300x300 NirvanaThe internet can really be a wonderful tool. Whether you use it to catch the latest news, follow your favorite sports team, or even as your primary source of television – it serves many purposes. I really enjoy listening to music, and the easiest way to learn about new artists is you guessed it, the internet.

Amazon graciously offers discounted select albums each week for only $5 dollars. A price so low, even if you make a hasty purchase and aren’t a fan, you aren’t left feeling like you lost your puppy.

I would like to highlight an album each week, in case you’re the type of person that likes to be referred to new music, or maybe the type that simply forgets about the classics.

I decided to start today with an album from a band that changed music history. There is no doubt Nirvana highlighted an era of music that shaped a generation. In Utero was the highly anticipated follow up to Nevermind, and was released in 1993. Expectations were high to say the least, and the band came through.

For those that might be unfamiliar with Nirvana’s sound, they are the quintessential grunge band. Heavy guitar with a crazy amount of feedback, heavy drums, lyrics that make you sit back and think, and a sound that is unique to the times. This album was intending to sound especially raw, and under-produced. The band felt Nevermind was a little too polished and mainstream, and lead singer Kurt Cobain wanted an album that he’d be proud to own. Lyrically this album can be a little dark, and it certainly isn’t a record that is going to make you want to get up and dance, but it’s a solid record from start to finish. This ended up being Nirvana’s final commercial release, and since then has been suspected as foreshadowing Cobain’s suicide in 1994. I’m not sure I would buy into that theory, but I do know if this is the way we all remember Nirvana, they went out on a high note.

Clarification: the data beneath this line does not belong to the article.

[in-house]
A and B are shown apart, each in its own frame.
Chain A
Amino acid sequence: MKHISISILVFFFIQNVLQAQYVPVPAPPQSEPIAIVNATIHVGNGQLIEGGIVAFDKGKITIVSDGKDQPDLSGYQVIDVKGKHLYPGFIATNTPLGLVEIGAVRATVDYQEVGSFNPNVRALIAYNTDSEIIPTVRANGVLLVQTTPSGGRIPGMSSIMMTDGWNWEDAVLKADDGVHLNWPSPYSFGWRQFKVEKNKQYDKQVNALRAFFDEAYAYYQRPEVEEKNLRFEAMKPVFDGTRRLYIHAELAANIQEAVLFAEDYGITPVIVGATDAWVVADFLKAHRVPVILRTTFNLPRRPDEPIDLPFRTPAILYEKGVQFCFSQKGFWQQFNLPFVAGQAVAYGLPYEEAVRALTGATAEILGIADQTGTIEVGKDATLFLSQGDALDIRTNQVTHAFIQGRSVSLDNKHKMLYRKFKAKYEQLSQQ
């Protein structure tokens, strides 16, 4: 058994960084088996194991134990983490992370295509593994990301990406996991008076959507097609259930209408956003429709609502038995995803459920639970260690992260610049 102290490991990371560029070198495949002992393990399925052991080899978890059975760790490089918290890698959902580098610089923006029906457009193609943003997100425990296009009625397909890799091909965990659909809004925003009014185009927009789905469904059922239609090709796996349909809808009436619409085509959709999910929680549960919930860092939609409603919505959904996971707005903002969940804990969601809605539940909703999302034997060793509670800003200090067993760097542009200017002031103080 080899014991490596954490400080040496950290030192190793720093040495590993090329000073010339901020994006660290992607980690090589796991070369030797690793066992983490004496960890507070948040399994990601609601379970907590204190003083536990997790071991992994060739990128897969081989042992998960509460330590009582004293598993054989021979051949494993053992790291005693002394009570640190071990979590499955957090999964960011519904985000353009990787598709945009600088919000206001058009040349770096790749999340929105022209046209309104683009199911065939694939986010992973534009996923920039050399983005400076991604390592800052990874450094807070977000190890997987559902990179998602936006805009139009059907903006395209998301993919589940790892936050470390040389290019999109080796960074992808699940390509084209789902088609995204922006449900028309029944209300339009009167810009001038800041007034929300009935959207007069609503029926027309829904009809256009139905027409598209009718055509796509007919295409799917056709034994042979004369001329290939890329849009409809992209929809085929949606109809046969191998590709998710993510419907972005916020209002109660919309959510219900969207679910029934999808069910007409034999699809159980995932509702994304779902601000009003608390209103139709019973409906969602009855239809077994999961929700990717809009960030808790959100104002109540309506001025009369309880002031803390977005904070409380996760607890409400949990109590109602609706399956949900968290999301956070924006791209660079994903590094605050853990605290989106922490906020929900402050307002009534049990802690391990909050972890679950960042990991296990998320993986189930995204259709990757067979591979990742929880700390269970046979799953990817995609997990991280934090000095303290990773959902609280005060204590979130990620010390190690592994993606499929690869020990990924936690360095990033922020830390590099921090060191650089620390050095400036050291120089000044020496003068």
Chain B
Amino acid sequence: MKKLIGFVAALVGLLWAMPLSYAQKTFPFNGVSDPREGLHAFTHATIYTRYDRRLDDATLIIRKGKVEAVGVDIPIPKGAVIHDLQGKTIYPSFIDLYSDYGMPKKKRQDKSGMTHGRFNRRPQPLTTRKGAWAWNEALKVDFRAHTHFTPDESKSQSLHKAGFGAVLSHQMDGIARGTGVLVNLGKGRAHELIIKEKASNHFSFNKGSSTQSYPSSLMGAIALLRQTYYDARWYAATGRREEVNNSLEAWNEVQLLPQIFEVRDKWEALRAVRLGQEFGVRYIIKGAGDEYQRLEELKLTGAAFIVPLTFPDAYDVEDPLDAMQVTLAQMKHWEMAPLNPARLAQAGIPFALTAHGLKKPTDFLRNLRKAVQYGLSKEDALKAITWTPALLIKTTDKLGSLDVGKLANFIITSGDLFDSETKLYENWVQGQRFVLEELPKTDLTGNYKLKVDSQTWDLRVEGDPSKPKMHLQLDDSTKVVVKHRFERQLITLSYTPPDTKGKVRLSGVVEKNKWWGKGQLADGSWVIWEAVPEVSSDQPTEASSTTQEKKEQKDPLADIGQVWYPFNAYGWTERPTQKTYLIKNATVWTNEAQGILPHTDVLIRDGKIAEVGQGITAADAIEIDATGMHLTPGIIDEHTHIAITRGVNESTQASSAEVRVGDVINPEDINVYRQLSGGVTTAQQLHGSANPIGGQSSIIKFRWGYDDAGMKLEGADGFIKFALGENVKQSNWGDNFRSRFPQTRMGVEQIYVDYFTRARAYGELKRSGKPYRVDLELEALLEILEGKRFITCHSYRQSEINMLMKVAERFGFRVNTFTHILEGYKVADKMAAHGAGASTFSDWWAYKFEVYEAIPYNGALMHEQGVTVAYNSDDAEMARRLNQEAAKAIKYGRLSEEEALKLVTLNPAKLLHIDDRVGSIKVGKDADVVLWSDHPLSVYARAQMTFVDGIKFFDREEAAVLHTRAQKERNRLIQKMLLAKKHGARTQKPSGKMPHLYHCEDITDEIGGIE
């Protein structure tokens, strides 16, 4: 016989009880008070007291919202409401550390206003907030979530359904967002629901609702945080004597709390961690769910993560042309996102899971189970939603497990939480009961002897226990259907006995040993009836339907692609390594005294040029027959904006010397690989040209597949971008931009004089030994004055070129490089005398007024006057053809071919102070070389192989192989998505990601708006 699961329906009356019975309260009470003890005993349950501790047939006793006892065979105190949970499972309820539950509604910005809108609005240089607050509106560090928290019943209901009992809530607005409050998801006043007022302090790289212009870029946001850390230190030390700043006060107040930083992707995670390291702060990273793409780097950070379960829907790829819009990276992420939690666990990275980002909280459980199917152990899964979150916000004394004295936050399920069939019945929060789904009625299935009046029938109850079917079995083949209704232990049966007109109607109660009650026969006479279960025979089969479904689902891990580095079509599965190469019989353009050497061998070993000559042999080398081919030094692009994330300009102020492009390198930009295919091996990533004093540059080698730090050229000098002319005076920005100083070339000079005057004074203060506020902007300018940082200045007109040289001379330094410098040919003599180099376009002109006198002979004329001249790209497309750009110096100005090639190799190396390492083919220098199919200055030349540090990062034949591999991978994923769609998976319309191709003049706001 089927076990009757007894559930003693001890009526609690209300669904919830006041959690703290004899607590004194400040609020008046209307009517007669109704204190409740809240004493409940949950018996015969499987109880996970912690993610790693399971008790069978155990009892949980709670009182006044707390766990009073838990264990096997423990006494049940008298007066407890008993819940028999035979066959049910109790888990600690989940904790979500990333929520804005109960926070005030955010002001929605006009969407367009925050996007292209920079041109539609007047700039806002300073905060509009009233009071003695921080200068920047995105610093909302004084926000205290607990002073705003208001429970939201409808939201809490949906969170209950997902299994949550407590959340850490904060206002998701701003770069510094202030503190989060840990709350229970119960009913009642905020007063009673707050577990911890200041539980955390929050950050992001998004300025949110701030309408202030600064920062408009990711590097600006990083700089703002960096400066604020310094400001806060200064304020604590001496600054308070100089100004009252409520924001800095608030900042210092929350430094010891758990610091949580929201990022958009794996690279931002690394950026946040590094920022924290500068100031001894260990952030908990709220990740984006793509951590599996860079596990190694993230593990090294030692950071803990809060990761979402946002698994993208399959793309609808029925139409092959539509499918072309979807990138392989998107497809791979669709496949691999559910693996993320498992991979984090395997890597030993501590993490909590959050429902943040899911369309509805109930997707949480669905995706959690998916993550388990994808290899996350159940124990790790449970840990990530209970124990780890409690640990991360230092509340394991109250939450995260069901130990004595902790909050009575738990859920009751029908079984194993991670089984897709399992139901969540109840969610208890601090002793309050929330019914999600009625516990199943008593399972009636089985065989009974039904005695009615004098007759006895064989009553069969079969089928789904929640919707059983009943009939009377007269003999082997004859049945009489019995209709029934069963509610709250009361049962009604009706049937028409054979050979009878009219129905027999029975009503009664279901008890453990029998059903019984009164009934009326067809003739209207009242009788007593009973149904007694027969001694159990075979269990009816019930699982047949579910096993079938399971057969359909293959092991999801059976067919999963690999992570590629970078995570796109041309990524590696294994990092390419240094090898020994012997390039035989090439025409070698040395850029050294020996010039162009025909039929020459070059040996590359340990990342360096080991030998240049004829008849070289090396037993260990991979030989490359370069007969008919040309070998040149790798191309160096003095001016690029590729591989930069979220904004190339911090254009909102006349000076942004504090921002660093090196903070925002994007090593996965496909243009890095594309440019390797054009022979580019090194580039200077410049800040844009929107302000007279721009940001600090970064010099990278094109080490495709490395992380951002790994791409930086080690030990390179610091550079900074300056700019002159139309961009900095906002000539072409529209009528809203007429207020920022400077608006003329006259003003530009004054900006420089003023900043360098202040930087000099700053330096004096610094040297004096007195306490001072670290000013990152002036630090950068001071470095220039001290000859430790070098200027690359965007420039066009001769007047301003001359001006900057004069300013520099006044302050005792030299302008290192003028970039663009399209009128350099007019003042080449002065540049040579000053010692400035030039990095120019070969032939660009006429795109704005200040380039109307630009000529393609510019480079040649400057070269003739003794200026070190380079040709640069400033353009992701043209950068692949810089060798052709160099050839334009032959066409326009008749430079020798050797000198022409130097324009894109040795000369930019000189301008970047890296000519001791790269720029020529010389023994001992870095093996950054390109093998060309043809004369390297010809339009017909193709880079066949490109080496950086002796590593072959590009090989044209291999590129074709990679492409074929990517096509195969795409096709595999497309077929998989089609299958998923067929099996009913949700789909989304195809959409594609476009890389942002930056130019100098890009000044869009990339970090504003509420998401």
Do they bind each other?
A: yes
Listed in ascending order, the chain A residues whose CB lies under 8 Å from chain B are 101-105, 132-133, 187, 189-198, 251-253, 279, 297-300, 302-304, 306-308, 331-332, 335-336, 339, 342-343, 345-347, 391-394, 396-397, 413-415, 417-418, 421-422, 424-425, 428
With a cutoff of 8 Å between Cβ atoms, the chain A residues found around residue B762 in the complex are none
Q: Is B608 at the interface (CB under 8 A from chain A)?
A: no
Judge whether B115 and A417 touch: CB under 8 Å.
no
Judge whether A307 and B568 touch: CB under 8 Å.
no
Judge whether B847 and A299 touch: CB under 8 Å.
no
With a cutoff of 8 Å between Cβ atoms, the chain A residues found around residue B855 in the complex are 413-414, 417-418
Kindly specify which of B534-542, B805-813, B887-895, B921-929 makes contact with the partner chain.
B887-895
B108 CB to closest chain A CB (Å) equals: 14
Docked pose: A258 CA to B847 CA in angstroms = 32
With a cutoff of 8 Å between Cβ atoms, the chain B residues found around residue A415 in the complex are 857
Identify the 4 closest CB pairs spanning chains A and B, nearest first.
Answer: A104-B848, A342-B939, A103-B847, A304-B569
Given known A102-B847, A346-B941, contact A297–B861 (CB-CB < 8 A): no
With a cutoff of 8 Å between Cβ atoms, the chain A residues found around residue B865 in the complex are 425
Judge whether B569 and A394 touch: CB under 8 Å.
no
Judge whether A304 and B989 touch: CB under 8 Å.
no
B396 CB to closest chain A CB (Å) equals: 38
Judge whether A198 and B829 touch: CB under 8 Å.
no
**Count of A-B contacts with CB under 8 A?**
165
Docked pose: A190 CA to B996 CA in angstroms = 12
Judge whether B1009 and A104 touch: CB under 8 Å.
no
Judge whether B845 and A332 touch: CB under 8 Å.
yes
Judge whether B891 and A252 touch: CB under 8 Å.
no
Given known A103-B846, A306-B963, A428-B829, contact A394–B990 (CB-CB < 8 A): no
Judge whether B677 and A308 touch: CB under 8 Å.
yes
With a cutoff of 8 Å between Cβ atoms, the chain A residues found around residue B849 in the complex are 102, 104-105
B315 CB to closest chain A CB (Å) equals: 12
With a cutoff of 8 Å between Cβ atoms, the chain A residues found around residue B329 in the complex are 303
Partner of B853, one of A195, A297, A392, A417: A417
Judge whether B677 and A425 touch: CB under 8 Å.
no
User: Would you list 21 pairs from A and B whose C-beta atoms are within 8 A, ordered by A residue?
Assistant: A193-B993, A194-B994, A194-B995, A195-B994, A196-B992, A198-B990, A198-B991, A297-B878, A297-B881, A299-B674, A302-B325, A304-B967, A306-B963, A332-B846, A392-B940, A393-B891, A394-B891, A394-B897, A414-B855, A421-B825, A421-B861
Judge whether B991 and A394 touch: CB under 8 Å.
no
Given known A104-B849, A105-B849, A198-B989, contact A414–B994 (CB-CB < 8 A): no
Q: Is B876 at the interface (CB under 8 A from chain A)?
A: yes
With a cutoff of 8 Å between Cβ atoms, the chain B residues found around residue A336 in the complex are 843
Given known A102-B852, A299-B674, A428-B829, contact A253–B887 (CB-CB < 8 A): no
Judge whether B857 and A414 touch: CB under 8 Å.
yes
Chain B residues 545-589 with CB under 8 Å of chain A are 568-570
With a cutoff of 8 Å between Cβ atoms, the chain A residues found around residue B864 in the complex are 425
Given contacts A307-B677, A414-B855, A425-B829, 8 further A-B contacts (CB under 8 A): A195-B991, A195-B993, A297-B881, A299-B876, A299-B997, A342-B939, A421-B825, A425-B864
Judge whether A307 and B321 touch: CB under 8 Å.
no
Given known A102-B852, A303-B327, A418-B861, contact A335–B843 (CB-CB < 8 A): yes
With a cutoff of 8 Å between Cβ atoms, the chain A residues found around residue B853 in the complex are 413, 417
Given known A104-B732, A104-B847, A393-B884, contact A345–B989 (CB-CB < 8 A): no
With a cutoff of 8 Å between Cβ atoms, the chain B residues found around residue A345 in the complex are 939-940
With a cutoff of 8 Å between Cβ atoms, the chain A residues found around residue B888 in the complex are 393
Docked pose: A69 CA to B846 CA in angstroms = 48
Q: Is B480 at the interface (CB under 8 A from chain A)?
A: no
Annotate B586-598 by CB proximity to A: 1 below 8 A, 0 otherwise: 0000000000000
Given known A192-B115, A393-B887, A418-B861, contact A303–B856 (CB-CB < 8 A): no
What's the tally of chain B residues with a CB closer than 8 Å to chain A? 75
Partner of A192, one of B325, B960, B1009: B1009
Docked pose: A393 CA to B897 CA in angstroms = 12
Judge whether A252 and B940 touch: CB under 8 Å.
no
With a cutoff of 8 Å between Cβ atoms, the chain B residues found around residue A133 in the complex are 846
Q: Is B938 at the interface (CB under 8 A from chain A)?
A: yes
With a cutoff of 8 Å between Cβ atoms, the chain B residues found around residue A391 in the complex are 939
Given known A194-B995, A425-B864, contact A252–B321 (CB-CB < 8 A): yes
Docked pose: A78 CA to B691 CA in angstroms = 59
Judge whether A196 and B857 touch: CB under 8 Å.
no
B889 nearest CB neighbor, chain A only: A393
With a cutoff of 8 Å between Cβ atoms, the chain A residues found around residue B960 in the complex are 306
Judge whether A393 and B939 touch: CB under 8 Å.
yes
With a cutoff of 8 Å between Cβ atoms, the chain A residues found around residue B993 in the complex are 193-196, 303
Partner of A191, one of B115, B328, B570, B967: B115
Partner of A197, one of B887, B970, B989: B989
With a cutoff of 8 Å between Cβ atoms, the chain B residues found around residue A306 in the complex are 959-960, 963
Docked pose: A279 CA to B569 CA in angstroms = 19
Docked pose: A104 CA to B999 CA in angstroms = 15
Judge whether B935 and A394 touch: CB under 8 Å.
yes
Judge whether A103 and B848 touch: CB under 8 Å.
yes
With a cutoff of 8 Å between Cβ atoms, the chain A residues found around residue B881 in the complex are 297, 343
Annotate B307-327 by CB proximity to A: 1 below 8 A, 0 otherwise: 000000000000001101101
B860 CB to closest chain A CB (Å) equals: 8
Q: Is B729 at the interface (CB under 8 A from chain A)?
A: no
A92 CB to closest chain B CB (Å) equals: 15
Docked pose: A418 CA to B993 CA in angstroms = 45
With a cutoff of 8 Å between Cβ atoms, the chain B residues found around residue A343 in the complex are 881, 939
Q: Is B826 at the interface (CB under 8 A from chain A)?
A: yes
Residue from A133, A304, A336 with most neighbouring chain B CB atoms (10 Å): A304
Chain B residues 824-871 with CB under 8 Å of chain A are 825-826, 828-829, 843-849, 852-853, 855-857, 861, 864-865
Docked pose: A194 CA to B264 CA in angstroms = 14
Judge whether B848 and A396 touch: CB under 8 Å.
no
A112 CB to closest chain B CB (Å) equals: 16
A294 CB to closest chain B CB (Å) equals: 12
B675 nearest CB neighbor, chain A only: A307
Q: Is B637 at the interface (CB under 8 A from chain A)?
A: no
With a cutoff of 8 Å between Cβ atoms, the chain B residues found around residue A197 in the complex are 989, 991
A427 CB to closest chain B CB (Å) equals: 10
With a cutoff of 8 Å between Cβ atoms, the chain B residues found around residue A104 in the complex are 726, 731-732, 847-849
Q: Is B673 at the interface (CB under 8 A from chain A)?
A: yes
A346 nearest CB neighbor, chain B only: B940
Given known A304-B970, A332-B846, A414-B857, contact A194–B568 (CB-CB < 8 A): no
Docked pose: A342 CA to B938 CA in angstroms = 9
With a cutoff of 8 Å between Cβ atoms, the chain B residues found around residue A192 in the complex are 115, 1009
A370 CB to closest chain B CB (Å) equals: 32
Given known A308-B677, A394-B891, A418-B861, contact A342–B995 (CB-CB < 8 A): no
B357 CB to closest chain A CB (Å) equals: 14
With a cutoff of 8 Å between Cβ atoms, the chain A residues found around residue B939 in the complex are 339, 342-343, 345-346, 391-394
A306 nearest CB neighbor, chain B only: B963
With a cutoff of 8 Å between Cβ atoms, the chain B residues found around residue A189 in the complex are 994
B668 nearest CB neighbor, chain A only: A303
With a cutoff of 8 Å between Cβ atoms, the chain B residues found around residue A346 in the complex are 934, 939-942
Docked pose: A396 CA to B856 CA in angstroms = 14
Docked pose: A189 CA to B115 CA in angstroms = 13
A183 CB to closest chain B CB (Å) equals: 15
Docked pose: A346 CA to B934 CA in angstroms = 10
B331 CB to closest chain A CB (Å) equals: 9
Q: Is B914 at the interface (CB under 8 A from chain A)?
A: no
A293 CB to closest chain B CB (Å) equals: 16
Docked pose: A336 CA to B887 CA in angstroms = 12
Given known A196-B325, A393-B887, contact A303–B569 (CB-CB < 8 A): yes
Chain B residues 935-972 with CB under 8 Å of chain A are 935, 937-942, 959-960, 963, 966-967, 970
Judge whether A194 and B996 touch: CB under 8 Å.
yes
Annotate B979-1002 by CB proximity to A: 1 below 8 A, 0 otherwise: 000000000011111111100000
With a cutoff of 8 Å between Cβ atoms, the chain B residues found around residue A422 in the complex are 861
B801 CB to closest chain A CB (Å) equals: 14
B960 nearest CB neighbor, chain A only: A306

There are a couple songs that most of America is already familiar with. Heart Shaped Box and All Apologies ended up being commercially released singles, with the former getting huge radio play. Because of the change in style and sound, this album initially was viewed as a step down for the band, and might explain the mere 15 million copies sold worldwide, as compared to double that of their previous effort. It wasn’t until after Cobain’s death the sales began to creep up, the album got its just due, and people realized how impactful it really was. If you’re at all a fan of 90’s rock, it’s certainly worth the $5.00 price tag this week. And if you already own it, put it back on – it’s probably better than you even remember.

Top 3 Tracks:

    • 1) Frances Farmer Will Have Her Revenge On Seattle


    • 2) Dumb


    3) Serve The Servants



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